by Rick Warren — August 28, 2018
“It is better to be satisfied with what you have than to be always wanting something else” (Ecclesiastes 6:9 GNT).
You walk into somebody’s house, and the first thing you do is make comparisons: “I like that floor! Look at that drapery! Wow, what a television!” You walk past somebody and think, “I like the way she did her hair; mine looks terrible today.” You are constantly comparing, and it keeps you frustrated. You’ve got to stop it! If you’re going to learn contentment, you’ve got to stop comparing your life to everyone else’s.
You also must learn to admire without having to acquire. You need to learn to rejoice in other people’s prosperity without getting jealous and envious and feeling like you have to have it, too.
This is one of the great principles that Americans don’t understand. You don’t have to own it to enjoy it! Maybe you like to vacation in the mountains. Why do you have to go buy a mountain cabin when you can just rent or even borrow it the one time a year you go to the mountains? Ownership isn’t the only way to enjoy it.
It’s not just a good idea to stop comparing; it’s a commandment. Exodus 20:17 says, “You shall not covet . . . anything that belongs to your neighbor” (NIV).
Coveting means the uncontrolled desire to acquire. It’s such an important sin to avoid that it’s included in the Ten Commandments. The word “covet” in Greek means “to grab or to grasp so tightly that your hands are tight; you can’t even let it go.” If God ever gives you something and he tells you to give it away and you can’t, you don’t own it — it owns you.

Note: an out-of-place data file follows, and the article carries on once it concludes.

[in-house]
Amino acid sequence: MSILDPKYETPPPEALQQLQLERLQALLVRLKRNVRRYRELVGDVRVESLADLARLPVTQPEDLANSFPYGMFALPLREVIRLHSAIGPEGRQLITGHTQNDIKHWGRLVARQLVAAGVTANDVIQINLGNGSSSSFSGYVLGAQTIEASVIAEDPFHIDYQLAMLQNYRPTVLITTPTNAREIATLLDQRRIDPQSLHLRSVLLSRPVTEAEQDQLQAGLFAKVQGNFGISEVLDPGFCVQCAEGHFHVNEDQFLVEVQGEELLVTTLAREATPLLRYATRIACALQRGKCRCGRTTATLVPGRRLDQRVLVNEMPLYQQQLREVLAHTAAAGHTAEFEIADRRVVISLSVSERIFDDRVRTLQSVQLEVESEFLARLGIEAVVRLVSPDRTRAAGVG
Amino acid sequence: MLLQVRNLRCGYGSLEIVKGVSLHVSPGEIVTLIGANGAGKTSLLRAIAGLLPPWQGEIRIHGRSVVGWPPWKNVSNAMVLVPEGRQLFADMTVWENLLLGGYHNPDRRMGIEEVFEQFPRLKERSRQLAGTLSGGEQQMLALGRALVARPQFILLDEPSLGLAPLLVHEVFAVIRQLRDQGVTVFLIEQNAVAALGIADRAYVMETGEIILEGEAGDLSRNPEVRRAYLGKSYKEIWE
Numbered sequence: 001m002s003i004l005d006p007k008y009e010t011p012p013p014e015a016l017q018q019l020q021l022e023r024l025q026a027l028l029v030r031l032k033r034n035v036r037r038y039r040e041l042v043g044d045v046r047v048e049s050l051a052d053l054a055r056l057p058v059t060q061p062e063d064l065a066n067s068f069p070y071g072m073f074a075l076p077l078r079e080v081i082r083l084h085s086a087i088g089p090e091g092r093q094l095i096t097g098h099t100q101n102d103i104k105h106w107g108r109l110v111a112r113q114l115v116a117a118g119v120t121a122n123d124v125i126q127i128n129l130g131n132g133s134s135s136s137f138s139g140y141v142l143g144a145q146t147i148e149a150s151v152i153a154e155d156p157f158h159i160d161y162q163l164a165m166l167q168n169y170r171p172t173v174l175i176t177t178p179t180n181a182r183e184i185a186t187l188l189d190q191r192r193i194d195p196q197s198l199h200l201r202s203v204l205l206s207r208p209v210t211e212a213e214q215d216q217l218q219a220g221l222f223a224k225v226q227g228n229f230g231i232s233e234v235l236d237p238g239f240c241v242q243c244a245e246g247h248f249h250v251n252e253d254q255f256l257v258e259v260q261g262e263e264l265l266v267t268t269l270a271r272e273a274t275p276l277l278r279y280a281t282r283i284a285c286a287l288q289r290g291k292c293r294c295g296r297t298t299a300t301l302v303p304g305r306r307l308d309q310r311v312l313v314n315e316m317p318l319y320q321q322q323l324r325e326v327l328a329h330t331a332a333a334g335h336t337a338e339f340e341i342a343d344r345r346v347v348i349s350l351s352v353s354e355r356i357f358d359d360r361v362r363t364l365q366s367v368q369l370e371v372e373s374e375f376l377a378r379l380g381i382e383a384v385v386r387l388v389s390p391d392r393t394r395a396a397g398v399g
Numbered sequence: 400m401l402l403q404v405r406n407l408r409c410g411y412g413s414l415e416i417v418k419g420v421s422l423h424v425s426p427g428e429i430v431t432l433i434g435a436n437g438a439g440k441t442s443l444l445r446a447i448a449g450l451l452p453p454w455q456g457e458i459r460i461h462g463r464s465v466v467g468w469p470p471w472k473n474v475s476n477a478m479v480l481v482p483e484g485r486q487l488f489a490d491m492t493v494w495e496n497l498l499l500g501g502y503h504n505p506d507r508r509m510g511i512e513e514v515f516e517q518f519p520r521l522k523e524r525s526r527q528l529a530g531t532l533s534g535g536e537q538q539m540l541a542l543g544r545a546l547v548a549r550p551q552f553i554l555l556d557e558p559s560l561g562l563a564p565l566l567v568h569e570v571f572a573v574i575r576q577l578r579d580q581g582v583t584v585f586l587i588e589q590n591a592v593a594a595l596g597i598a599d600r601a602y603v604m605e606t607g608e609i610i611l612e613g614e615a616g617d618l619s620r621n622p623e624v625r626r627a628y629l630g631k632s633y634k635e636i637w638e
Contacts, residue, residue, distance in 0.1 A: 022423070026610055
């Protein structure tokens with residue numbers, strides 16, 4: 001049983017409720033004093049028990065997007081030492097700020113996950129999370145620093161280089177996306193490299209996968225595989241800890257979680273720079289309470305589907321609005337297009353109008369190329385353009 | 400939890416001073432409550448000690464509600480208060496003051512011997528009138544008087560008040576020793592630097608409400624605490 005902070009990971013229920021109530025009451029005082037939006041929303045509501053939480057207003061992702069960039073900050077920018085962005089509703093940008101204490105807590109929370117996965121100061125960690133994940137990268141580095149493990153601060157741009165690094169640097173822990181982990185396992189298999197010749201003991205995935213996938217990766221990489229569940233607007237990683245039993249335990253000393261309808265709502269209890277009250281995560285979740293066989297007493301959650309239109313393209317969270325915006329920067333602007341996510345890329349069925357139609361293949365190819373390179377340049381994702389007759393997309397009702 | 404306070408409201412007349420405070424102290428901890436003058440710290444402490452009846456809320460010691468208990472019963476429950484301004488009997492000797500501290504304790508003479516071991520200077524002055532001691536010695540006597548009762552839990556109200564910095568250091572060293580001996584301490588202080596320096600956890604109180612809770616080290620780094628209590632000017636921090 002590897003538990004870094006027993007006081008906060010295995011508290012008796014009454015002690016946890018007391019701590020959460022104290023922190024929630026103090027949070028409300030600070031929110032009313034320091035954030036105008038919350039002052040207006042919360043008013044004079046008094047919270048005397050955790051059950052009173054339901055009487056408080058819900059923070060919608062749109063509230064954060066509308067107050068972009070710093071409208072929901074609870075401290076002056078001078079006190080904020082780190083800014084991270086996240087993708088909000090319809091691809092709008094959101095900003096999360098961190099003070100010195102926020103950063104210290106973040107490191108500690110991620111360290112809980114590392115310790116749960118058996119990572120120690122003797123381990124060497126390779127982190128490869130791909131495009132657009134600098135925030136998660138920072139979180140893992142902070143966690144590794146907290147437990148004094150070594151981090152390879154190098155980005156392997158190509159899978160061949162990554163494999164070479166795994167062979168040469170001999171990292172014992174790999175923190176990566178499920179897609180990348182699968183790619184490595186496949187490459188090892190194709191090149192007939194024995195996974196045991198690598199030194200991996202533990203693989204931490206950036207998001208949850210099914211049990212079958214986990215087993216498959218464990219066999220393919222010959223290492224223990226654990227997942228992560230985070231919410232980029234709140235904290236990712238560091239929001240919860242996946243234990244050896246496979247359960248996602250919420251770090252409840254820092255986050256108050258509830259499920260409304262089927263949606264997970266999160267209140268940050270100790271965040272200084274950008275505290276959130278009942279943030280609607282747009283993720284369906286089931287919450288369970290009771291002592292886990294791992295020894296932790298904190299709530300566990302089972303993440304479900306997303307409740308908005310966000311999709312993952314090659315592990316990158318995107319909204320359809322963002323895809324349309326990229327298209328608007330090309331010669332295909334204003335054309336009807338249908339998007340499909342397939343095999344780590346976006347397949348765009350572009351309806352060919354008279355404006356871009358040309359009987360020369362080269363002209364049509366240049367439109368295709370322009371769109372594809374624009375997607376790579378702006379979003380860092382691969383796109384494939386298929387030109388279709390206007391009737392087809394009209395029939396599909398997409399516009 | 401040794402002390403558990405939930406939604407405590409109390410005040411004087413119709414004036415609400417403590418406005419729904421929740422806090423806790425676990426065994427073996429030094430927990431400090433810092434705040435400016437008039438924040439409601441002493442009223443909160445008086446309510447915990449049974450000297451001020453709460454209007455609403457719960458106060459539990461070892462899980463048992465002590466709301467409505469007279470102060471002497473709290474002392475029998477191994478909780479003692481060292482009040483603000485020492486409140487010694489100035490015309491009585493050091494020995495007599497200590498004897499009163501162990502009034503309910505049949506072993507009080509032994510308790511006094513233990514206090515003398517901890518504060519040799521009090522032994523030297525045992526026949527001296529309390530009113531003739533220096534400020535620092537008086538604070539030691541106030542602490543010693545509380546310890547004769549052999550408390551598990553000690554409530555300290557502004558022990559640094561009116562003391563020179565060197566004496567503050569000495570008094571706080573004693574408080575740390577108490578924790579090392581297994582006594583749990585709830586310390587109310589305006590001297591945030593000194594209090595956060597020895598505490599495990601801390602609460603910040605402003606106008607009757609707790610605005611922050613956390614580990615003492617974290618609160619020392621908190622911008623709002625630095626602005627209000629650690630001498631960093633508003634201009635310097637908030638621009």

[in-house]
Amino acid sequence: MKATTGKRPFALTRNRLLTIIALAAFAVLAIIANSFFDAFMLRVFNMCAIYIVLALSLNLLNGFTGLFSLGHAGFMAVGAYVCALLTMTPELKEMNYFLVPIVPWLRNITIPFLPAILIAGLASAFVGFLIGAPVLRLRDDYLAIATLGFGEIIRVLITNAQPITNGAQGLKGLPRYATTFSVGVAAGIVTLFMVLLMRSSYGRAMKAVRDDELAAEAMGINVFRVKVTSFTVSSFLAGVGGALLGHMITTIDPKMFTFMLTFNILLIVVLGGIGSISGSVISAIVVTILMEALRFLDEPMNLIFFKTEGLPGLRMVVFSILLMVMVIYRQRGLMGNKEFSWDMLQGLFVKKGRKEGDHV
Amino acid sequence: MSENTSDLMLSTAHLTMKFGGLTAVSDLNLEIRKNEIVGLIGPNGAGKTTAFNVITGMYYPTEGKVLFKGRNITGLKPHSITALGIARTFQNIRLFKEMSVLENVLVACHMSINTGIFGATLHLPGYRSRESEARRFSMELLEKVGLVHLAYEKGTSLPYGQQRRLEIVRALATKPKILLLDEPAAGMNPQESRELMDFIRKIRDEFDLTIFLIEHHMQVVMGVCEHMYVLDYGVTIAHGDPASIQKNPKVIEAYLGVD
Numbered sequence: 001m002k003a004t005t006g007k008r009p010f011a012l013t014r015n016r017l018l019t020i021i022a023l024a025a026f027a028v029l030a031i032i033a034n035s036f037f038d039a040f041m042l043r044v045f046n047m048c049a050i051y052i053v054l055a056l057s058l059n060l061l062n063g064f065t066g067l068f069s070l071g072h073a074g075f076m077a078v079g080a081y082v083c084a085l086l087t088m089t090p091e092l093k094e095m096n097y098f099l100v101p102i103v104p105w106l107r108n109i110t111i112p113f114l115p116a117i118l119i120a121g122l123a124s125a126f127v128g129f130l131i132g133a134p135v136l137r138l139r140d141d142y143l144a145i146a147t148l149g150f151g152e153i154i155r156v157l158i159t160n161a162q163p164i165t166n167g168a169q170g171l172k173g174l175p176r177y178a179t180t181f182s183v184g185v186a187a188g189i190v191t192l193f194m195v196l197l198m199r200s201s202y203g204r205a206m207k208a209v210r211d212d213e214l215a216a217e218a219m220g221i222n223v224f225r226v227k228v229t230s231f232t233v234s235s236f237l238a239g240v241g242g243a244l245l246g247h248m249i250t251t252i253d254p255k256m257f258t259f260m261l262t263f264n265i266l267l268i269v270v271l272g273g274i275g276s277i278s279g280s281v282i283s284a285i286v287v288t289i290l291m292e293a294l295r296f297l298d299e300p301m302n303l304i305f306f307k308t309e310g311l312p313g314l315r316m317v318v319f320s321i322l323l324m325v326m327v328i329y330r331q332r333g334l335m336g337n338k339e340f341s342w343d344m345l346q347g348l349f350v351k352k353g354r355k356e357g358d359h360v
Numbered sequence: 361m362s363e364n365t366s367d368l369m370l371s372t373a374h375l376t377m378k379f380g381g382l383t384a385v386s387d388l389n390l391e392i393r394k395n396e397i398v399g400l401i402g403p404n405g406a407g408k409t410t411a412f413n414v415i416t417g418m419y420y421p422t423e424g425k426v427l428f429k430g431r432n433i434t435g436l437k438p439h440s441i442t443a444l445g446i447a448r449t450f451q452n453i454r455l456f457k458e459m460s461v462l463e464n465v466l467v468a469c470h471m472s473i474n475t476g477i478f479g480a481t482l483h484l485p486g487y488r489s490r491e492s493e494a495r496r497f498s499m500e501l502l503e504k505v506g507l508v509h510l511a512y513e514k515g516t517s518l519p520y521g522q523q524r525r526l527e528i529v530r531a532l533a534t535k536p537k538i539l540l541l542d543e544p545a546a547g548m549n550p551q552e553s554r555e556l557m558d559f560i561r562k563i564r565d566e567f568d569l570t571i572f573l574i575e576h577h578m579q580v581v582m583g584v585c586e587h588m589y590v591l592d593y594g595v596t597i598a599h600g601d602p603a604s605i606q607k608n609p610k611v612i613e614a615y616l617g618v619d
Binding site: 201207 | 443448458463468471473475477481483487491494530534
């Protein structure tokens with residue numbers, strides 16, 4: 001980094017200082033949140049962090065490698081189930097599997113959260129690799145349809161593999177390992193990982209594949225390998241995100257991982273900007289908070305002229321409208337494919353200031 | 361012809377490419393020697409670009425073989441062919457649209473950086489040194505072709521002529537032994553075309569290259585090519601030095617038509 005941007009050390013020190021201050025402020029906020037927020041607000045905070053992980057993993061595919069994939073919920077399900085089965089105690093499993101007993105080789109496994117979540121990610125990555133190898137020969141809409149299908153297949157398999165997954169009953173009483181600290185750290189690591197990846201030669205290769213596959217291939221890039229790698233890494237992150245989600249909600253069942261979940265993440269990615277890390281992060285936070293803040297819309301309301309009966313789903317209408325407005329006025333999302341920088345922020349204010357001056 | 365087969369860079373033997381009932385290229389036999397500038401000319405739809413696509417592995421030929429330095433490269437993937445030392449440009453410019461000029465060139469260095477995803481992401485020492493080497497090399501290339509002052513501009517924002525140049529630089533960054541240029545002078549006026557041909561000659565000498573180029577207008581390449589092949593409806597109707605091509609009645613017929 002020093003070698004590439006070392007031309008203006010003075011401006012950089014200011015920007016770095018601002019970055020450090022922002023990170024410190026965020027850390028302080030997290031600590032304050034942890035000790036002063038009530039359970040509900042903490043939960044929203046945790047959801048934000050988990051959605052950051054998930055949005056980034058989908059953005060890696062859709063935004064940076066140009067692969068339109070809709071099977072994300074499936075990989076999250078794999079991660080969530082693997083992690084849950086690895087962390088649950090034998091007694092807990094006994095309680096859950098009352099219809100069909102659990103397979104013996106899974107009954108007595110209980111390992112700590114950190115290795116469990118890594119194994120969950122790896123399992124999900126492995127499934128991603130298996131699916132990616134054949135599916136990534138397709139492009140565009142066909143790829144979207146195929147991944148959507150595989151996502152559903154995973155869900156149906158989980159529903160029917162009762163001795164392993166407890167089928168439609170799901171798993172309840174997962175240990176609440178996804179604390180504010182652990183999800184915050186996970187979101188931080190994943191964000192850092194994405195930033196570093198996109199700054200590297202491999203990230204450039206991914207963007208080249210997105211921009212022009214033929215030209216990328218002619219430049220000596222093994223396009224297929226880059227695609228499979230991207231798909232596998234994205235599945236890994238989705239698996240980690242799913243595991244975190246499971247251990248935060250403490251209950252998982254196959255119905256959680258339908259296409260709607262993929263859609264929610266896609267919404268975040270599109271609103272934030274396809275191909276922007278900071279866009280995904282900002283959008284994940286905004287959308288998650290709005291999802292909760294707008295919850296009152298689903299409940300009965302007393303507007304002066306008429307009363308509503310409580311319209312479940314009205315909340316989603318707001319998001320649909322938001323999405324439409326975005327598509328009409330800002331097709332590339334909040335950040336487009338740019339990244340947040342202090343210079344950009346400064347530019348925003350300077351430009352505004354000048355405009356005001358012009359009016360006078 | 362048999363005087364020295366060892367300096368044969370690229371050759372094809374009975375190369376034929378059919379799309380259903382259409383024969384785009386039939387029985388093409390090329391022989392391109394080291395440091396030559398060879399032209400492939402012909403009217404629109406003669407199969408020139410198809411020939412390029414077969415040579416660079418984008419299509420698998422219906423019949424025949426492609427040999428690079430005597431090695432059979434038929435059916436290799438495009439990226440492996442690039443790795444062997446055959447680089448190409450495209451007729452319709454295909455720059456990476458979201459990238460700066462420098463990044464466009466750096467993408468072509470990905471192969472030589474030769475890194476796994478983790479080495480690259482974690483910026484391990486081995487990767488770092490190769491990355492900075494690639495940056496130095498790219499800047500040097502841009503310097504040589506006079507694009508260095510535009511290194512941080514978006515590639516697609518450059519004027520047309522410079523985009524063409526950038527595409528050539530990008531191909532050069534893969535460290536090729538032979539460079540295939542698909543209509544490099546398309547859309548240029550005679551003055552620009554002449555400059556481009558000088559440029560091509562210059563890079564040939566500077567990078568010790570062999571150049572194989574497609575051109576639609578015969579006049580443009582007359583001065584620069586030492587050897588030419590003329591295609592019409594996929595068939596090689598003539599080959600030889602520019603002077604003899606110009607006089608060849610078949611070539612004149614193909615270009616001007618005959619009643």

God is not saying you should never have a desire for something. That’s not Christianity; that’s Buddhism. Desires are not wrong. In fact, your desires come from God. But when a desire is uncontrolled, it becomes coveting. When you desire something that is not yours, that’s evil. But a desire is not a negative thing.
Nothing can be accomplished unless you desire to do it. You can’t become more like Christ without desiring to become more like Christ. For instance, you can’t be a more loving person without desiring to be a more loving person. You can’t be a more generous person without desiring to be a more generous person. Desire is not bad until it is uncontrolled and you think you’ve got to have more, more, more. The root of that kind of desire is in comparing yourself to others.
You can’t have a contented life until you learn not to compare. Why should you never compare? Because comparing always leads to coveting.